For the most part, it’s an issue of whether you are getting equipment, infrastructural development. The physical cash that comes is up to about 20 percent. That’s what will end up circulating. For example the announcement of the construction of the new Parliament building in January, funds are only being released now . . . four, five months later. There is a gestation period. So, for that $11 billion, give it four to six months, then you start seeing things happening on the ground.
Q: Understood. But there is this concern that investors are merely committing because they remain jittery and fearful. The new dispensation has not yet won their lost trust and confidence, and the investors await the 2018 election outcome.
A: What was happening with the Chinese is they would announce the deals, but the deals would not get funded. The deals were not funded because we were in arrears. We were owing money. We defaulted on our guarantees.
I think you have noticed that before the president went to China, (Finance) minister (Patrick) Chinamasa went to the Chinese delegation with the governor and they negotiated repackaging the arrears that we had so that we could get credit lines again. And the repackaged arrears were announced when the president went to China . . . and they are going to start disbursements again.
It is almost the same problem that we had with India as well. India had announced several deals but we were in arrears again. And I am sure you have noticed that CDC in England has announced that they are going to pump $100 million dollars into Zimbabwe.
So, the problem that we had was around our arrears. Now we have managed to go around the issue of arrears. Right now, we are engaging everyone we owed money. We are restructuring the debt. There are entities in Europe that we never used to talk to, but we have decided to reengage.
Q: There is an argument that the new dispensation must scrap the bond notes and go the US dollar, multi-currency basket way, like we did during the Government of National Unity period, and that will eliminate the foreign currency parallel market and speculation.
In any case, the bond notes have significantly lost value against the greenback — they are no longer at par with the US dollar as the monetary authorities purport. Isn’t it ideal to scrap the bond notes?
A: When we did not have the bond notes and there was the multi-currency basket, there was still a parallel market between your RTGS balances and your US dollar on the street. There was also a parallel market between your RTGS dollars and offshore money. When the bond note came in there was a parallel market for RTGS and to US dollars. What you have to realise is this, what was the purpose of having the bond note? Has it served its purpose?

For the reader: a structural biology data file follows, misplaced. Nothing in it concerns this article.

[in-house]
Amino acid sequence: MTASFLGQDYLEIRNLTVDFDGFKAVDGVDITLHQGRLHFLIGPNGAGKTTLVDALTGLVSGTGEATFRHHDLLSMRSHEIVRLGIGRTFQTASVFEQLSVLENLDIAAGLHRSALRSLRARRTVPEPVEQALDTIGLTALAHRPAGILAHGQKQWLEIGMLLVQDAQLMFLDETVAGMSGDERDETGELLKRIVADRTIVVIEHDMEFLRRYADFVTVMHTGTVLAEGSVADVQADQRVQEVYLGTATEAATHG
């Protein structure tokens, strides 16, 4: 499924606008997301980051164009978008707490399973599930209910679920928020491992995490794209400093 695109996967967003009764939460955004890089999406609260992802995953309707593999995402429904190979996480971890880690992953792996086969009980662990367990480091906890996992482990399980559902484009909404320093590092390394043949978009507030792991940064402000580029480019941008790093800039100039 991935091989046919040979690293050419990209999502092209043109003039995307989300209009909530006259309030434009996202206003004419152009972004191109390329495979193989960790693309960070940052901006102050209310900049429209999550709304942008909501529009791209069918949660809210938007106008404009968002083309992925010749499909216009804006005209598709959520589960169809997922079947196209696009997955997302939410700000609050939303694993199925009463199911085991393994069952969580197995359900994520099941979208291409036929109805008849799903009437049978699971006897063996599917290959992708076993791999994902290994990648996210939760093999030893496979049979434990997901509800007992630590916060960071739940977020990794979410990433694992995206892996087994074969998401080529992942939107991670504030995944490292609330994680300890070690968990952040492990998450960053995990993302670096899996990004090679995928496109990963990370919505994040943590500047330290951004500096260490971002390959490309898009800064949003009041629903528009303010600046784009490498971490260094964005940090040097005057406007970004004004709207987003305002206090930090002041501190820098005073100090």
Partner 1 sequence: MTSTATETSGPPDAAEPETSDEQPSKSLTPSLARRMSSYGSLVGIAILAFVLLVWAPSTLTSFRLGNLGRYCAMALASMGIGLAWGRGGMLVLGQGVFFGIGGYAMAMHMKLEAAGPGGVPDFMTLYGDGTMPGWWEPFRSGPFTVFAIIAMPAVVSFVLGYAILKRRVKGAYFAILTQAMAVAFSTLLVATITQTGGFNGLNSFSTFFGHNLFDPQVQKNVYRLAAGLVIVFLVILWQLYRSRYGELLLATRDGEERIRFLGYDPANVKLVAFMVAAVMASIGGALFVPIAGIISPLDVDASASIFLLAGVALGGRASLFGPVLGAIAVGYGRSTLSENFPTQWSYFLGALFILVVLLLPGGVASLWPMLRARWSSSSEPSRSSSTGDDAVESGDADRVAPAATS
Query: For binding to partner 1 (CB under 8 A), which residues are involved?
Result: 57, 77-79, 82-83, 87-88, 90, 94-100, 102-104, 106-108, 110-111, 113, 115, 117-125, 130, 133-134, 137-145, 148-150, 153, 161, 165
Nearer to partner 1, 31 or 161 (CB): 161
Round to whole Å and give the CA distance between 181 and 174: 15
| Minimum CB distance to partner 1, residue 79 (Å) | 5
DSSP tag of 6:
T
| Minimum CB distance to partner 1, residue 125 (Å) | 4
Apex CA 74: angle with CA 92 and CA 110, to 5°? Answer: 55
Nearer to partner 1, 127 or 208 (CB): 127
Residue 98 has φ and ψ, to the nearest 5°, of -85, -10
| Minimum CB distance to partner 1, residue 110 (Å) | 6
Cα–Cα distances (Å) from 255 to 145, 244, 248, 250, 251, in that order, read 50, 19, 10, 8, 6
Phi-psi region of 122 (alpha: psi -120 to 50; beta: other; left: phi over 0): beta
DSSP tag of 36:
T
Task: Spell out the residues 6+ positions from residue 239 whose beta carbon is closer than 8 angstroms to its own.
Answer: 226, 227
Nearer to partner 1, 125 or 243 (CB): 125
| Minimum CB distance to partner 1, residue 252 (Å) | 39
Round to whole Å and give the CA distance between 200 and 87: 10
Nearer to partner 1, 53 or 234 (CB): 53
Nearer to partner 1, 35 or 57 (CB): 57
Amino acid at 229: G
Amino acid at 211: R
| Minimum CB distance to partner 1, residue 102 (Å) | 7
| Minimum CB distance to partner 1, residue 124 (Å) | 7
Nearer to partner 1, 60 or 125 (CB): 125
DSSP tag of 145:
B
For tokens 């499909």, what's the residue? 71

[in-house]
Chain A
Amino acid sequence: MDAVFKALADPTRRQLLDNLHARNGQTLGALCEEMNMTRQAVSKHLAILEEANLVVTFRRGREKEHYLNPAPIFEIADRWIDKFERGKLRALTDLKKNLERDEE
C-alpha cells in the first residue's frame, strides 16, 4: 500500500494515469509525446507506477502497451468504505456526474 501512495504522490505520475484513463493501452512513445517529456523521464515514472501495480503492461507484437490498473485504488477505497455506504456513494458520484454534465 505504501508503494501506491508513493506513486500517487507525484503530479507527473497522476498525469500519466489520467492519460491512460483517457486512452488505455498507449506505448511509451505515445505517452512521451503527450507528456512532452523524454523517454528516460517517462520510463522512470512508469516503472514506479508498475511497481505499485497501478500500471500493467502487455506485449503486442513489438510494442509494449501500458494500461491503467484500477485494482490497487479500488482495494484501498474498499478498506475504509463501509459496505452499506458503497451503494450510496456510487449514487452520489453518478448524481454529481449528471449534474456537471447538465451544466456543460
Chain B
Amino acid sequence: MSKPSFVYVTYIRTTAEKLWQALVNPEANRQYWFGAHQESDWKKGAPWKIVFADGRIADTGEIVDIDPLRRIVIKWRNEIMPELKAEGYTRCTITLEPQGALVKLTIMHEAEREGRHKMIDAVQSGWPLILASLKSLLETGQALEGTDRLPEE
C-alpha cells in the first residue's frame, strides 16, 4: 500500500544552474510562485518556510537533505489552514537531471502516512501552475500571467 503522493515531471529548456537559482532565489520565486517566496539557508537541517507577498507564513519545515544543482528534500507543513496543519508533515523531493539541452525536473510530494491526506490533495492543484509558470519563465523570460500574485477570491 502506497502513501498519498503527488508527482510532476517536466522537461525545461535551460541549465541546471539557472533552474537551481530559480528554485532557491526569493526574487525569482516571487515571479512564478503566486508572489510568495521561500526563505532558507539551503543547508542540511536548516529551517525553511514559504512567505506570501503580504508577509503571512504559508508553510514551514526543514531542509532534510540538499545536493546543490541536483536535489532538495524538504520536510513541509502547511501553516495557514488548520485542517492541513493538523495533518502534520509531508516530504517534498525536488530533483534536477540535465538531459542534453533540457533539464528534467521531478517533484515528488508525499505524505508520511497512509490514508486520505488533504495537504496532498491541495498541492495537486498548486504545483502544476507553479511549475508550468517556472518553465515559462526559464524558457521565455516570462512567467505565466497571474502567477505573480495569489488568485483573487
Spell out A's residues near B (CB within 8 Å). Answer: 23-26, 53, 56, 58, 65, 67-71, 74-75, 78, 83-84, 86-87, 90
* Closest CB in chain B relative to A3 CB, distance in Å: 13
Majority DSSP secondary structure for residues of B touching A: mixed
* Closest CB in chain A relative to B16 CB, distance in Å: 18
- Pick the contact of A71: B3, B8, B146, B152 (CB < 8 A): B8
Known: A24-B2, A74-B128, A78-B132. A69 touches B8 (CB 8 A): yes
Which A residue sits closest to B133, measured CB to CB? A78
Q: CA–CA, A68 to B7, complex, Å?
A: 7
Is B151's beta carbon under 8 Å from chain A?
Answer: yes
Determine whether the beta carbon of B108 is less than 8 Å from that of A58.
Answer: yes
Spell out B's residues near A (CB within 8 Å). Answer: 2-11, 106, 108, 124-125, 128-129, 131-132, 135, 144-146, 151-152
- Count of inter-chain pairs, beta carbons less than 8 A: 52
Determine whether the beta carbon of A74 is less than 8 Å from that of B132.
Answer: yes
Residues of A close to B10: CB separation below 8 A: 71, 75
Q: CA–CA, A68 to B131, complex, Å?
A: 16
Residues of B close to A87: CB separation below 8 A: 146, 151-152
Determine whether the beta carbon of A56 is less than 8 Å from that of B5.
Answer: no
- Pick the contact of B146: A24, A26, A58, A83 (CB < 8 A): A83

I would want to believe that the purpose it was set out for it has served it. But the problem is that if we are to grow as a country, we actually have to move away from the issue of bond notes, the issue of the multi-currency basket.
We must have our own currency. In essence, that bond note can be converted into our own currency. And we let it float. And the other thing that has to happen is where the central bank is basically fixing the bond note to the US dollar . . . that will have to go away. It should let the bond note or pseudo-Zimbabwean currency find its place . . . let the market determine. That’s what’s supposed to happen.
Q: That sounds like a long journey. And while we travel it, ordinary Zimbabweans will continue to suffer due to the parallel market that fuels speculation and drives basic goods prices up. I am sure you agree the bond note is no longer at par with the US dollar.
A: There is no need for it to be a long journey. Officially it is (bond note at par with US dollar), but when you look at the parallel market, it is not.
What should happen is this. We need to have a situation where . . . let’s go to elections, let’s have a normal economy, and a normal economy is sanctions go away.
Sanctions go away and we are able to get lines of credit . . . meaningful lines of credit support. Then we can scrap the bond note.
Then you can have a situation you can introduce your own currency. I will be shocked if we take two years without our own currency. Zimbabweans are ready for their own currency. People are yearning for it . . . they want their currency to come back.
Q: You recently won the Zanu-PF primaries in Harare East Constituency. But there have been allegations that you rigged the election. And to Zimbabweans, that allegation, among many others in the ruling party, dampened Zimbabweans’ hope for a free and fair 2018 election. What do you say about that?
A: I saw the piece that said that I rigged. What’s actually interesting is that if you were to go and talk to police that were in charge of elections in Greendale they will actually tell you that when I came to Greendale they were people who were bent on stopping elections there, and I had to come and make sure that people voted.
And what’s interesting is that we had over 800 people who had turned up to vote in Greendale and because of the skirmishes that ended up happening there were less than 200 people voting and I had over 99 percent of the vote. So then you heard stories that I took the ballot and ran away with the ballot.
How do I run away with a ballot in an area that is my stronghold? If I was to run away with a ballot I will do it in an area where I know I am weak. And as you saw with the results of the election, I think there were two polling stations out of the eight stations out of my constituency where I didn’t win.
And for those two polling stations, you will notice I did not even spend my time there. If I was bent on doing anything, I would have gone and made noise at those two polling stations which I knew the results were not going to be favourable. Everywhere else, I had over 70 percent of the vote.